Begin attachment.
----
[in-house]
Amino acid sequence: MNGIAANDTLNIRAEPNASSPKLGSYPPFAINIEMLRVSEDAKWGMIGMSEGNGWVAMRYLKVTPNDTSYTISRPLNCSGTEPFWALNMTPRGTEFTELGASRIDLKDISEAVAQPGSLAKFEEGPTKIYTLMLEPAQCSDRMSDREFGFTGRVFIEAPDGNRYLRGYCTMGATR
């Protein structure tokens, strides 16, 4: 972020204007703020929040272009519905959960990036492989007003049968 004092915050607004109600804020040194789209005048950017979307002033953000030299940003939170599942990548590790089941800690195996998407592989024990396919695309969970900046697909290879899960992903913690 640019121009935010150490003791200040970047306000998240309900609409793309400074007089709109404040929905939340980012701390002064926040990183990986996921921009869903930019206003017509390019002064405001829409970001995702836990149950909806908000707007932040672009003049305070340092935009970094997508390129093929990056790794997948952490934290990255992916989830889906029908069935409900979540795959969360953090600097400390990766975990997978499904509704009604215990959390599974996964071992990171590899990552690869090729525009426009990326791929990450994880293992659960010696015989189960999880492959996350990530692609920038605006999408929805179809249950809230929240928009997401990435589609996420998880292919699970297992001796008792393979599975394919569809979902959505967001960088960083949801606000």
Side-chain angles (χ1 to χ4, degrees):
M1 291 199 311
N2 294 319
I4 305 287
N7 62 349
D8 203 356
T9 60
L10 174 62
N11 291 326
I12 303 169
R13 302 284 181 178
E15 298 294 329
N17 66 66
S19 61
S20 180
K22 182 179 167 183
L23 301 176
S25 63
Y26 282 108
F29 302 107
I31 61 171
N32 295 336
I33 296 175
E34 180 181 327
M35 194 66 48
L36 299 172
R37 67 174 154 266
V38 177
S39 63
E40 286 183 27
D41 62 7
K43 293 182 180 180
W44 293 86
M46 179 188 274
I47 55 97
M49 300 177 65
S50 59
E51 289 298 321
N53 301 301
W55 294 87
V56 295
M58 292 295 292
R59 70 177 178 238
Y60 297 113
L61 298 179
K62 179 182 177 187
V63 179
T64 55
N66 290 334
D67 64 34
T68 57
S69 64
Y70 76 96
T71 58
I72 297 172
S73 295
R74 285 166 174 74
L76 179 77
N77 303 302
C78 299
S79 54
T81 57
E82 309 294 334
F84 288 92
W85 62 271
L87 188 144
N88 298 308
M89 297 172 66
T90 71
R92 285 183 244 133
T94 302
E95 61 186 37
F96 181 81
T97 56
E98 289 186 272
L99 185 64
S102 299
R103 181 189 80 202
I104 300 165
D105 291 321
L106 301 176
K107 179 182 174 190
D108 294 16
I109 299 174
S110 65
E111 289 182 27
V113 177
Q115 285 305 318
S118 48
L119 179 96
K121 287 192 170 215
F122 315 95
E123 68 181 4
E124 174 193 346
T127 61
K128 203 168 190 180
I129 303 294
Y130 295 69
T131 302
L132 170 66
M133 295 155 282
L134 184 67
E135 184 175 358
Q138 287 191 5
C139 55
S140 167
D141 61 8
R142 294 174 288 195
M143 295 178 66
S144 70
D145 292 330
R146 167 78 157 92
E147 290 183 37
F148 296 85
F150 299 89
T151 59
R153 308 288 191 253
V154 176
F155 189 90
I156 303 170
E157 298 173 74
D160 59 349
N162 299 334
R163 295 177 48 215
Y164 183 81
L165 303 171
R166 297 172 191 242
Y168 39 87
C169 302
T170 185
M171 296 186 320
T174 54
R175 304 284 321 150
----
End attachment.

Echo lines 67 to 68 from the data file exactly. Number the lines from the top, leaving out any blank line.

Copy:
F84 288 92
W85 62 271